Regulation corporations barred from wanting potential candidate attorneys to have a automobile or licence

Law firms barred from wanting prospective candidate attorneys to have a car or licence

From Bongani Nkosi 1h ago

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Johannesburg – It’s official: law firms that require prospective attorneys to get a driver’s license or a car are found guilty of wrongdoing.

The Legal Practice Council (LPC) changed its rules to allow law firms to state in advertisements that they were looking for law graduates with a driver’s license or their own car.

Law firms have also been banned from asking potential candidates in interviews whether they have a driver’s license or a car.

“It is a misconduct … to specify in a notification that an applicant must be obliged or to inquire with an applicant whether he is in possession of a valid driver’s license or is owner or has access to use a vehicle for use in the context of his future Employment, ”says the LPC’s announcement.

The LPC made the proposal last July. Chairwoman Kathleen MatoloDlepu said in a statement at the time that this was a counter-transformation.

“The Council believes this practice is anti-transformative and puts people from disadvantaged backgrounds at a disadvantage,” she said.

The student chapter of the Black Lawyers Association praised the LPC for speaking out against the practice.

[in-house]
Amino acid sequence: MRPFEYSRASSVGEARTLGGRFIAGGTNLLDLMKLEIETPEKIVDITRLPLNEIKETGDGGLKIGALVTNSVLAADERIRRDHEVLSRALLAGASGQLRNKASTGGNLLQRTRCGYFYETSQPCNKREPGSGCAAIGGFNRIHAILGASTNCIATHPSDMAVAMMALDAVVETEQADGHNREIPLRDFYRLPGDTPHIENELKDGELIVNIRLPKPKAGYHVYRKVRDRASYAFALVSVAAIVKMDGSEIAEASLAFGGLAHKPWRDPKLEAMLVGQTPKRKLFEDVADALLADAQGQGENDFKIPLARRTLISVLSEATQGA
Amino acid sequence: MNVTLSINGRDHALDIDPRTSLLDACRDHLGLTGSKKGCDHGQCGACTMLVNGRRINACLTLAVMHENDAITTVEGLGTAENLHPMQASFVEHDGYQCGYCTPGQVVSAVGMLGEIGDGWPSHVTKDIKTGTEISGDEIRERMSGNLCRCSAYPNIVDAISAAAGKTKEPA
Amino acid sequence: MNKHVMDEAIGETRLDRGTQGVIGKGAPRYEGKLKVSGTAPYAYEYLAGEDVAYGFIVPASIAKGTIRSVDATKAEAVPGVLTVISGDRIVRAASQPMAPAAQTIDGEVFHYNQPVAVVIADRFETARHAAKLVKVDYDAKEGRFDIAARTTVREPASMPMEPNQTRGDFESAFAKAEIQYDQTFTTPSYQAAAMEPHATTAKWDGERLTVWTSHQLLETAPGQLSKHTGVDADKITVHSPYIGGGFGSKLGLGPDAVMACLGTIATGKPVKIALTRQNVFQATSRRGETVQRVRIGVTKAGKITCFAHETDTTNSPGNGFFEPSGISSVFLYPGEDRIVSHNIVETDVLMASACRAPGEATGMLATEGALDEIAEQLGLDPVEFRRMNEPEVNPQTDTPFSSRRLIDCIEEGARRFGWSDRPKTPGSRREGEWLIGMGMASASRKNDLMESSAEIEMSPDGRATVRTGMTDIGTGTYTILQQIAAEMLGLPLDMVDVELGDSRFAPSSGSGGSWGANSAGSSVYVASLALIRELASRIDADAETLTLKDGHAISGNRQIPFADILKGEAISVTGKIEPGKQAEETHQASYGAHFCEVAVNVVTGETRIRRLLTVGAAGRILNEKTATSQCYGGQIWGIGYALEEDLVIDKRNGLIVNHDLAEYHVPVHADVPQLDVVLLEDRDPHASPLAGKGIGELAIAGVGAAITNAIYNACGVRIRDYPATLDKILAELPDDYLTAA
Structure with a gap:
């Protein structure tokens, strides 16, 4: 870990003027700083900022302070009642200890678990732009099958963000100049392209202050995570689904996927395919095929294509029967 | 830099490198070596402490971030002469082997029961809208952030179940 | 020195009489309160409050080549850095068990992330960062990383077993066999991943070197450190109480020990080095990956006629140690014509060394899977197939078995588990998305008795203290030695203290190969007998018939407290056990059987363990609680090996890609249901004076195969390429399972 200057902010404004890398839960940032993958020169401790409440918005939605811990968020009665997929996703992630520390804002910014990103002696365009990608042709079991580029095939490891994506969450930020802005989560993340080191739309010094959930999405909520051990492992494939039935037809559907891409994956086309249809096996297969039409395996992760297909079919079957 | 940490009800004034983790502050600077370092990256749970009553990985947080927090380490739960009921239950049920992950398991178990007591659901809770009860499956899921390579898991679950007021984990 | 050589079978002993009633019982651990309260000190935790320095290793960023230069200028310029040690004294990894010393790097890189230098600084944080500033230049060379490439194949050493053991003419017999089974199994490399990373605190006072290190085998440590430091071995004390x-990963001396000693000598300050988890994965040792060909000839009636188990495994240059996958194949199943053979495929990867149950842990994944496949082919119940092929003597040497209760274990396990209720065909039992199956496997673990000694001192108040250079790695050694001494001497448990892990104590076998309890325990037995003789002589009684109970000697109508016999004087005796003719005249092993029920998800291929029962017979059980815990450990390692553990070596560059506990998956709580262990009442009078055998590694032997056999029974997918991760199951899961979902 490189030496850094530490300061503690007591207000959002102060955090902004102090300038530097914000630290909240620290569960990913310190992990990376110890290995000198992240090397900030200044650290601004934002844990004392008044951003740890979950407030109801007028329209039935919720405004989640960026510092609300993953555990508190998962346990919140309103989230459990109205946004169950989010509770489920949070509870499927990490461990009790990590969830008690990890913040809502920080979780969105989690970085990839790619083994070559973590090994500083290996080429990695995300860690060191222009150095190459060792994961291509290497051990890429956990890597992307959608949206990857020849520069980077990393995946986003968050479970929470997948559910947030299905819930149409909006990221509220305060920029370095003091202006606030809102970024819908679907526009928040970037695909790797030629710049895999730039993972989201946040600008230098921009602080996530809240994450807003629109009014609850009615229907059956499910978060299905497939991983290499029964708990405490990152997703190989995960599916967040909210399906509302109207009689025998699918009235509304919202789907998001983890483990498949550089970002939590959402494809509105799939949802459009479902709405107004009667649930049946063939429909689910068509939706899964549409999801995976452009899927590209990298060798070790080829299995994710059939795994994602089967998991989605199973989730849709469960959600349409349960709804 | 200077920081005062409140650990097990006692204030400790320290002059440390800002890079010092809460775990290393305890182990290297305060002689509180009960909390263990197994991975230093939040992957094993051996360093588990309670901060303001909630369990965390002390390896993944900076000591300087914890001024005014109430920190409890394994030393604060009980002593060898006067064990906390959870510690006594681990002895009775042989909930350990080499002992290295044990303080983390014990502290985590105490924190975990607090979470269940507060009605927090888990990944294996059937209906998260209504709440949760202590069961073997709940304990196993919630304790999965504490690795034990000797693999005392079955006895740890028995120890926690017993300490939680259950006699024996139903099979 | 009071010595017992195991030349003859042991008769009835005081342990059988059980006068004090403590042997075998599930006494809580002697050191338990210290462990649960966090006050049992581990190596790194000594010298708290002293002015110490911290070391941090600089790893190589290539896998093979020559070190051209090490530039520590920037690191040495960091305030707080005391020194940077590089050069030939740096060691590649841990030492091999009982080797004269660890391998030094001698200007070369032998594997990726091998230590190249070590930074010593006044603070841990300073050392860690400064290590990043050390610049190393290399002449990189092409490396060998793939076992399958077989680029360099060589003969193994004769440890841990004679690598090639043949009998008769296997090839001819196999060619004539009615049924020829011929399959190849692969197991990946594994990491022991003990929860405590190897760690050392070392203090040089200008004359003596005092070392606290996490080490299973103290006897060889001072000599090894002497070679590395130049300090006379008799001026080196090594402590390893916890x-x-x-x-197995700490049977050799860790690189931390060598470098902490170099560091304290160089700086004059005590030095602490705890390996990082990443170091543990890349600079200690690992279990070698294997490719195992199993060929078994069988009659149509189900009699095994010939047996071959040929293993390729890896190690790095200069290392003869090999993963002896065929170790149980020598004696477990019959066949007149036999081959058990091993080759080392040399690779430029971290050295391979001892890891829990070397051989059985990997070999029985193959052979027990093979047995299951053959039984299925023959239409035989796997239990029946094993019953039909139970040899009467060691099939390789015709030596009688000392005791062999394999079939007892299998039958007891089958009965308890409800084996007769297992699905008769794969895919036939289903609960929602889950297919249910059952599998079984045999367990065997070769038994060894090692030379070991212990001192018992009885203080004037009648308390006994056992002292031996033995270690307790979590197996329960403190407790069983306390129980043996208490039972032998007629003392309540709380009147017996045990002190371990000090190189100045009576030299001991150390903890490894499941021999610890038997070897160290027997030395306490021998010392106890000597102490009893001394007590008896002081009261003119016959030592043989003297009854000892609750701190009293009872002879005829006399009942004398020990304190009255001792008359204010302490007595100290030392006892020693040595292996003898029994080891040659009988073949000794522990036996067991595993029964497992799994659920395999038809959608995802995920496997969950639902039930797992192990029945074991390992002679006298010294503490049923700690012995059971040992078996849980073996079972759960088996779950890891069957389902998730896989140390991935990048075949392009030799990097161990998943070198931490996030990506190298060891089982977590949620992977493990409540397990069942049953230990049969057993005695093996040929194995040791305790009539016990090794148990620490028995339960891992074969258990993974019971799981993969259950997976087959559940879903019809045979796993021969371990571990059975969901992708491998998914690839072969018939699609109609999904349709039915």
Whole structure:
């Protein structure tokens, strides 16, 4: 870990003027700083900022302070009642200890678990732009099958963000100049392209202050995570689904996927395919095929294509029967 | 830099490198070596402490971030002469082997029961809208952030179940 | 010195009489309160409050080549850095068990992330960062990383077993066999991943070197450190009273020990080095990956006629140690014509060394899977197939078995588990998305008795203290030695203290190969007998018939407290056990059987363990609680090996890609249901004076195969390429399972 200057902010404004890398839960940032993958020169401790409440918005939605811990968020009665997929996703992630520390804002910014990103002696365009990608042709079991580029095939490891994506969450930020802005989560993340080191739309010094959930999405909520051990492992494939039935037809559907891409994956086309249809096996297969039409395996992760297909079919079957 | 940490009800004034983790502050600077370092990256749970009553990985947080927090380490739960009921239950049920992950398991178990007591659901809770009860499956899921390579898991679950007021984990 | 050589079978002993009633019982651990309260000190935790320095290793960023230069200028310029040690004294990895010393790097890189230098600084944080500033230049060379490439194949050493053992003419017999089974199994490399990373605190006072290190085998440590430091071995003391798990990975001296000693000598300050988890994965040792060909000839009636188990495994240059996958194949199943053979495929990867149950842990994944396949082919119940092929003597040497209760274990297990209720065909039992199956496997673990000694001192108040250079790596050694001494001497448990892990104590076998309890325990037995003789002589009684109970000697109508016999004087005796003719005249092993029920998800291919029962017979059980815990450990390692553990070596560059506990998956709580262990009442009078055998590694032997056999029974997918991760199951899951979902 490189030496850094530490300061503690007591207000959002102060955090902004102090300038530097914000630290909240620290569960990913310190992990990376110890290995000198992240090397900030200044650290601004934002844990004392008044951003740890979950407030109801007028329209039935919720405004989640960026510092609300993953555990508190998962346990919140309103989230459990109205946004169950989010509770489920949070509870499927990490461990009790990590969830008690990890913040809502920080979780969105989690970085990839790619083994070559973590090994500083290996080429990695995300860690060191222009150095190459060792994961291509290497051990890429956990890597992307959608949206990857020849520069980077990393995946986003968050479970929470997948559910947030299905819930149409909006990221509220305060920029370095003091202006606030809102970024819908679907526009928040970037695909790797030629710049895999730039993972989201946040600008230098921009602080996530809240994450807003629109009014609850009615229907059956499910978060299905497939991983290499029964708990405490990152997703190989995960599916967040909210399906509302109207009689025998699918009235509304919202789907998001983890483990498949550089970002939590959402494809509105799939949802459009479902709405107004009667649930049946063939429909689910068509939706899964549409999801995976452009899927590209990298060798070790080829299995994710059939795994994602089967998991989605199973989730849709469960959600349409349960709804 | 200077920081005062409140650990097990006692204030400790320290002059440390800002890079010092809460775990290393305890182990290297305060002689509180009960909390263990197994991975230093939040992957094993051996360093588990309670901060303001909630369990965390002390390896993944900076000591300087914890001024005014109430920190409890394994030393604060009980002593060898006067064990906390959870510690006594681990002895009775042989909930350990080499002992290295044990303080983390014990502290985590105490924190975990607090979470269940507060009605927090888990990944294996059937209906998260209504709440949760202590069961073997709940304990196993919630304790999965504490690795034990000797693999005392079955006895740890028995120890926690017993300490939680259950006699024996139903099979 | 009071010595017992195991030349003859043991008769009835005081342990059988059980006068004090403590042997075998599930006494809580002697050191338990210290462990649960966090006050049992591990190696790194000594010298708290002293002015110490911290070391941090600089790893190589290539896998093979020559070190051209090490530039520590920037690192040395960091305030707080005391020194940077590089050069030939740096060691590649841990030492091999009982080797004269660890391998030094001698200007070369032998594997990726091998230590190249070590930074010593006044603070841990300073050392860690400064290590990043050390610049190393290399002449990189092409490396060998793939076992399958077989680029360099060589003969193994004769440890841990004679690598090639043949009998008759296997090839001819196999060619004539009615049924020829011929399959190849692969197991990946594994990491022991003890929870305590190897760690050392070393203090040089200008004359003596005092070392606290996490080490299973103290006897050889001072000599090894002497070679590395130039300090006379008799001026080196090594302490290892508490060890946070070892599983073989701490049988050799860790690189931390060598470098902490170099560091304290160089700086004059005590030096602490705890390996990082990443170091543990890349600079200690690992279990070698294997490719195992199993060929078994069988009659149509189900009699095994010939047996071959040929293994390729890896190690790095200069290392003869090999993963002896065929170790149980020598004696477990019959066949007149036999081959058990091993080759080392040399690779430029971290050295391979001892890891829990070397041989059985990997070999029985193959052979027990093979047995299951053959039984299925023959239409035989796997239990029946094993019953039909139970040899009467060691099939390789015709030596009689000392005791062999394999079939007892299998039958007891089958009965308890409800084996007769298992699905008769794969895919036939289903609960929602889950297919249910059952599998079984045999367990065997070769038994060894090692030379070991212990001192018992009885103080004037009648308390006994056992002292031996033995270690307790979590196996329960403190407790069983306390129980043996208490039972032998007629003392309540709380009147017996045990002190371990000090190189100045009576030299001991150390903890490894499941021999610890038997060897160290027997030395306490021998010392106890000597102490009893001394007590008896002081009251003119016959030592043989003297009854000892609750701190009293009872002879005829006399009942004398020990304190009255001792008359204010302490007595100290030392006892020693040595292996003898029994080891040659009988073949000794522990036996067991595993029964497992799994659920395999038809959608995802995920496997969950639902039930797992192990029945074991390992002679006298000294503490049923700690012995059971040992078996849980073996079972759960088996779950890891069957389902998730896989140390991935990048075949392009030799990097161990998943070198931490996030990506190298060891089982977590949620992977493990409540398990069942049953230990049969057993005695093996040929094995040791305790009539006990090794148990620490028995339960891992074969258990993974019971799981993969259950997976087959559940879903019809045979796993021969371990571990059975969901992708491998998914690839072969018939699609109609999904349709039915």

“It benefited students who came from wealthy families,” said spokesman Mpho Moneoang yesterday.

“It meant they were the only ones eligible for certain articles. Our position was that students should be equal. How can I afford a car as a student? It makes no sense. I’ll be able to acquire these things when I get into a law firm. “

Moneoang said the legal sector has several other obstacles that the LPC needs to remove.

He said there was a practice among law firms to employ candidates from certain universities.

“That’s wrong,” he said. Afrikaans is another barrier, Moneoang said. “There are white companies that say they absolutely need someone who speaks Afrikaans and English fluently.

“Maybe it’s because of your clientele, but you can already see that this will limit those students who cannot speak or read Afrikaans.

“Imagine if my law firm only hired students who knew Sepedi or isiZulu. See what that would do? “Asked Moneoang.

“We need to remove these existing barriers. Not all are law firms, but there are some who continue to practice this tradition. “

The star